How Much is Hypnosis Worth?

This week’s free hypnosis training lesson explains the truth behind how hypnotists charge.


Most hypnotists I know (myself included), charge $1000+ per hour on average.

Many find this to be outrageous but let me ask those people, do you know…

  1. What the four primary steps are to hypnotizing someone immediately?
  2. What physiological/psychological safety precautions are needed to safely hypnotized?
  3. What an abreaction is off the top of your head without researching it?
  4. How to properly help someone safely through an abreaction?
  5. What the average Hypnotist in your region is charging?

The above represents only some of everything I’ve learned in terms of actual hypnosis and the business behind it.

After personally investing over $5000 to-date & gaining 9 years of in-field experience (and spending countless hours researching), I know my New-Age Hypnosis show is worth the asking price.

However, this is part of why I made sure the last question was “What the average Hypnotist in your region is charging?”. As I write this specific informational blog (June 2019), it’s “slow season” for many hypnotist. This means many who normally charge $600-$1000+/hr for private parties will happily charge $300-$600 instead.


It became abundantly clear years ago how egotistical some hypnotists are, which is something I’ll cover more thoroughly in a future lesson.

The reason I’m bringing up ego in this particular lesson is because I’m connected with many hypnotists, especially regionally.

As a result, I’ve learned even someone who headlined in Vegas (and was known for having a big head/showing off on social media) admitted to one of their students to taking a $300 show.

The truth is, even those viewed as “top dogs” in the industry have been known to fluctuate their price for certain clients (such as a resume-building client with a smaller budget) or situations (like the client being down the street).

To summarize what one of my colleagues said during our 2019 Spring Tour, “We’re just talking.” While it’s an over-simplified description of our job, it’s mostly true.

Yes, knowing the answers to all the questions above (and other intricacies) is important. However I want to help my students avoid getting as big-headed as some of the more wealthy/known hypnotists.

This actually reminds me of a discussion I had years ago in a car with my agent and another colleague. In short, it was stated that, “If you’re a businessman, your show’s not great.”

This was in reference to those in the field that gain seemingly massive marketing opportunities but are only hosting cliche hypnosis shows with little originality. As where I, for example, am not highly publicized or marketed but am hosting a show that High Schools & Universities are re-booking annually due to my fresh approach.

This is part of the reason I developed HypnoKick, to both better inform those who misunderstand it & to kick-start any hobbyists/aspiring professionals looking to provide fresh entertainment.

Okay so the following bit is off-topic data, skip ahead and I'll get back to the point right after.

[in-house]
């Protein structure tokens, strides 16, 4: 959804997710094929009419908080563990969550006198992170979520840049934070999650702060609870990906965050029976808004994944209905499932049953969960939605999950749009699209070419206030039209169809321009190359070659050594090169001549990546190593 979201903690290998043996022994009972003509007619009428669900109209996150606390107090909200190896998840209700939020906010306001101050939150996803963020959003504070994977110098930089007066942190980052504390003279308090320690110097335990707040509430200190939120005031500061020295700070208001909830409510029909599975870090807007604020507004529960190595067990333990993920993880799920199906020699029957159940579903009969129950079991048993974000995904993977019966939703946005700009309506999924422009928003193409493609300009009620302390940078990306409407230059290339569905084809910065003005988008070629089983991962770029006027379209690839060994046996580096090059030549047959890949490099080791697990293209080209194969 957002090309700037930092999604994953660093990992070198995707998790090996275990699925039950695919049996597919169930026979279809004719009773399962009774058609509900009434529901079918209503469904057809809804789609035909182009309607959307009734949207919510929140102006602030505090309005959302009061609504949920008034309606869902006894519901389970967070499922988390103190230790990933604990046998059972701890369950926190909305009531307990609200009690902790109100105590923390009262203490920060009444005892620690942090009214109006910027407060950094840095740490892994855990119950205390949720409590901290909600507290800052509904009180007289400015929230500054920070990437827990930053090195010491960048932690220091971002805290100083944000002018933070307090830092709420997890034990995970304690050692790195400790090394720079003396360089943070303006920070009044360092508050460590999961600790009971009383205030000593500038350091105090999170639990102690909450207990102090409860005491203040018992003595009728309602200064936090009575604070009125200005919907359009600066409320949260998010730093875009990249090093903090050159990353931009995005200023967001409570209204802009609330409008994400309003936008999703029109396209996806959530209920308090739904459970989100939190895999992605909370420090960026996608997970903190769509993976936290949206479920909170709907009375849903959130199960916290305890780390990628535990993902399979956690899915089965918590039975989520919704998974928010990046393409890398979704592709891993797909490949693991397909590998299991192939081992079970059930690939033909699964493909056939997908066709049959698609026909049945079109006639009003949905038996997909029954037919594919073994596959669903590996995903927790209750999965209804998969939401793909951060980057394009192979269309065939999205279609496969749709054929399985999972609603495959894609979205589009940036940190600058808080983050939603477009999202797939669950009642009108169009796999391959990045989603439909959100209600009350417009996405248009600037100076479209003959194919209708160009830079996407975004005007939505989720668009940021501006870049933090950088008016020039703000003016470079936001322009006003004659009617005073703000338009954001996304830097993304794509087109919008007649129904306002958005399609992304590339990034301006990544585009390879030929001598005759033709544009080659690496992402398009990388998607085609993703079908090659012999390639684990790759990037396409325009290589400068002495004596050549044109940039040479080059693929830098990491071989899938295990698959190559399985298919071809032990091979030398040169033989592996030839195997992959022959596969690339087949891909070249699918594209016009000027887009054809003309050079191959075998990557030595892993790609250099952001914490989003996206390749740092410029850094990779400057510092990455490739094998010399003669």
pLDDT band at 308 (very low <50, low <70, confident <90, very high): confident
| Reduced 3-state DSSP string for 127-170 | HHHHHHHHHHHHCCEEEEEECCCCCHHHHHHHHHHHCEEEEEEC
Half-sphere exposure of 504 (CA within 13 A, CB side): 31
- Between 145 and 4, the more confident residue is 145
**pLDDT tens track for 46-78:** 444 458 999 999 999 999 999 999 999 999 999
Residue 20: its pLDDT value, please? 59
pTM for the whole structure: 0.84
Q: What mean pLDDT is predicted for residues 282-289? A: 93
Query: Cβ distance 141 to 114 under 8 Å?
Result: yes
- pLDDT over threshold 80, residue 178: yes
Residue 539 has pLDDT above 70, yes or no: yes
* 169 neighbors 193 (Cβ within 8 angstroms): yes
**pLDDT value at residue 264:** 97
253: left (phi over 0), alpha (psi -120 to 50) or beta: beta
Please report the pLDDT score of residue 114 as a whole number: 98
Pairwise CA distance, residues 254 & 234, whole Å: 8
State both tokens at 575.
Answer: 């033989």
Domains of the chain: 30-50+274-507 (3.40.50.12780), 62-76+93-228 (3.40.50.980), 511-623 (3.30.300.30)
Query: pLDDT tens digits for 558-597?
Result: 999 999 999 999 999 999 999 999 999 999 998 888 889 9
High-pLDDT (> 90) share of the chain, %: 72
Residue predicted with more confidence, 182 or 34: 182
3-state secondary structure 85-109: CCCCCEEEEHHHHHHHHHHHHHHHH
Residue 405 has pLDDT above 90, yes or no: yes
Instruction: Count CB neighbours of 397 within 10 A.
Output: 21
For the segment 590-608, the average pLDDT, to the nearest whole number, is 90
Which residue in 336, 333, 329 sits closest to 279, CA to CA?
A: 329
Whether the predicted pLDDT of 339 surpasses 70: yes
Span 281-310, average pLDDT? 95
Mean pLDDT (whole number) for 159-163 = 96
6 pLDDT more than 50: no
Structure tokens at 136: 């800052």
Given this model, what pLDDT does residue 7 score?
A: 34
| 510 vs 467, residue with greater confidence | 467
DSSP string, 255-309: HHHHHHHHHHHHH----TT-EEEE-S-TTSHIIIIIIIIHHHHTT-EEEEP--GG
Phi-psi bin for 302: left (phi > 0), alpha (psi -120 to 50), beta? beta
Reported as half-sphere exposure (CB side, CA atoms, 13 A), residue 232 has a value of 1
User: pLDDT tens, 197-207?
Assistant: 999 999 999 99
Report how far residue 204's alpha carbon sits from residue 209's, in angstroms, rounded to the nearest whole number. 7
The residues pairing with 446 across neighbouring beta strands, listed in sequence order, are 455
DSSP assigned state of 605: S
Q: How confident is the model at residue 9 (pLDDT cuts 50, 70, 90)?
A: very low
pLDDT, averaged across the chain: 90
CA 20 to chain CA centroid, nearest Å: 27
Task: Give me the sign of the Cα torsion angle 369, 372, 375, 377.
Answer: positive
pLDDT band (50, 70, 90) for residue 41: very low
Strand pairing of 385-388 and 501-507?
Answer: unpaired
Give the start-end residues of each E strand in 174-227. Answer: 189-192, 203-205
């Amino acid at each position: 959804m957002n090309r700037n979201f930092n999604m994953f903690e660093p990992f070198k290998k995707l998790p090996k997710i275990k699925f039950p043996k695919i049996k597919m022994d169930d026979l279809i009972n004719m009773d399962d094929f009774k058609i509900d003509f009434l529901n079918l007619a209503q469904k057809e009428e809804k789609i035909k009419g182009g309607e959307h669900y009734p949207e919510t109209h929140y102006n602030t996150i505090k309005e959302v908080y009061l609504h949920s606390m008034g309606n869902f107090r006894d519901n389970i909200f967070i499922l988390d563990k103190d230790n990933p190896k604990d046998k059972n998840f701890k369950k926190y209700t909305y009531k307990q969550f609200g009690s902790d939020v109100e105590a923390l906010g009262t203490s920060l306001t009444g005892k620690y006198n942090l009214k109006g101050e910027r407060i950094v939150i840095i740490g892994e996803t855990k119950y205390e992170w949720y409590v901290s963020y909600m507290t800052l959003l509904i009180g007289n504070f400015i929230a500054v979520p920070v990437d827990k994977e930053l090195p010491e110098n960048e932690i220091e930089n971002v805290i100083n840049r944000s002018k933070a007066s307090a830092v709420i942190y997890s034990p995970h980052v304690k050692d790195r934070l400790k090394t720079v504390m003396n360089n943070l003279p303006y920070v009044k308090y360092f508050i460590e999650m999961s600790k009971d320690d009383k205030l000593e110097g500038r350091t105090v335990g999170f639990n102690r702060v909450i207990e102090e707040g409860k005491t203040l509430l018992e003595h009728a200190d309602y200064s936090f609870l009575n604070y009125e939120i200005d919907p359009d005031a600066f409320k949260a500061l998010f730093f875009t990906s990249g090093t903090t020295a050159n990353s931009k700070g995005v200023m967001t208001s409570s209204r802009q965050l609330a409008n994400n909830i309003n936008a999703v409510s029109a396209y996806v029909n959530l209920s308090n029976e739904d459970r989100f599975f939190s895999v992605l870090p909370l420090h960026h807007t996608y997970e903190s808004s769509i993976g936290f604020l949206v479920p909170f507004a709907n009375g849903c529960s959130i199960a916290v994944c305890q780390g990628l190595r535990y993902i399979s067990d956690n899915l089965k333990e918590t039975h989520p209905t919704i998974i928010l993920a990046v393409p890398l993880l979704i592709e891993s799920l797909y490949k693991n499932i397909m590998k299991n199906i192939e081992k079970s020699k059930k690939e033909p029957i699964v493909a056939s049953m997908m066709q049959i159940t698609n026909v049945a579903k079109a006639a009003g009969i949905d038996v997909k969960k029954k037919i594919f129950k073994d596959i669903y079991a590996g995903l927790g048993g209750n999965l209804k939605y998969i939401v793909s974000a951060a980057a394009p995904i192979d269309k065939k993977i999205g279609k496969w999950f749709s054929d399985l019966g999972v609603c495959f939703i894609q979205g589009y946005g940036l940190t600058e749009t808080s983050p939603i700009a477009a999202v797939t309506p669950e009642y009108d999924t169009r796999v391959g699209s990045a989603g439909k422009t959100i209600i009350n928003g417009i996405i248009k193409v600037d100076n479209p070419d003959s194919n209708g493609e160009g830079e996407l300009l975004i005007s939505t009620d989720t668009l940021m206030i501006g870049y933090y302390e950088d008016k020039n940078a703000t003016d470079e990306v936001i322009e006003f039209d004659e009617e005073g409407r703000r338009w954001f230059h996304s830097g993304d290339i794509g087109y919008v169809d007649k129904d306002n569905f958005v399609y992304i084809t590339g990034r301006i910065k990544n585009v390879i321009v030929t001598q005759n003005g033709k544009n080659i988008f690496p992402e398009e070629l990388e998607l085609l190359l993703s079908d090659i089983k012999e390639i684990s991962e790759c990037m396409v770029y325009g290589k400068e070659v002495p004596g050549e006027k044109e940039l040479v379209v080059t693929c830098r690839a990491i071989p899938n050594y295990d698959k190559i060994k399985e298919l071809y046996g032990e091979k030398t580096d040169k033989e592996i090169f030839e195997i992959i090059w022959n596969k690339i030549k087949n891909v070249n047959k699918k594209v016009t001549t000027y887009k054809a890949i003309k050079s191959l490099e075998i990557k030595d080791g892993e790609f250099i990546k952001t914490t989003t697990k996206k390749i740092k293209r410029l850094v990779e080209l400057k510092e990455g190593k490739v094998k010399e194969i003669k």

So, what should you be charging?

Honest Answer: There’s no right answer.

Personally, I started out charging $300/hr because…

  1. I wasn’t fully confident in my approach, patter or routines yet.
  2. $300/hr was big money for me as a freshly trained teenager.
  3. I was able to grab clients’ attention & provide (what I’d now consider) basic hypnotic entertainment.
  4. It helped me easily build a small list of clients that provided me with business-boosting testimonials.

My professional suggestion given to you, a random person reading this blog, go with your gut.

Again, when I first started, $300 seemed reasonable as I had been paid $150 when hired for my first magic gig as a teenager. Hypnosis, however, required more training regarding how to approach/ talk/ induce/ safely guide/ etc.

Needless to say, my price point of $300 was happily taken by just about every client I spoke with over than phone. It’s like they say, however, you get what you pay for. Compared to starting as a teenage hypnotist, my current show:

  1. Has a more wide-spread/accepting approach
  2. Naturally filters those not truly hypnotized
  3. Incorporates audiences in manner most fail to
  4. Is effortlessly personalized to each venue
  5. Enables audiences to dictate the outcome
  6. And more…

So be honest with yourself. If you feel like you can easily replicate my current tour into an even better production than I’ve manifested, feel no fear in charging $700-$1000+/hr.

On the other hand, you can confidently build up your real world experience-based knowledge/ skills/ client list/ testimonials/ resume/ bank account by start at and growing from $300/hr!

I explain my experience-based history of charging for hypnosis shows in the following video…


Like any growing company/brand, start low & only increase based on your market demand. Be honest with yourself here as you’re unlikely to “go big” within a year. Remember, I started off at $300.

If you find this to be something you wish to continue as time goes on (and you’re improving as your demand rises), then it’s a safe time to raise your base fee. I never charged $1000+/hr until I got my first agent (and they did it on my behalf).

That was my first glimpse of the reality of what I was missing out on for the previous 3 years. On the other hand, the years leading up to those first $1000+ bookings made the difference in terms of my skill & ability to think/act quickly on my feet performance-wise.

After those first few bookings, I realized something I hope you internalize one day…the sky’s the limit 😉

If you’re new/still skeptical of hypnosis, download our free informational ebook HERE!

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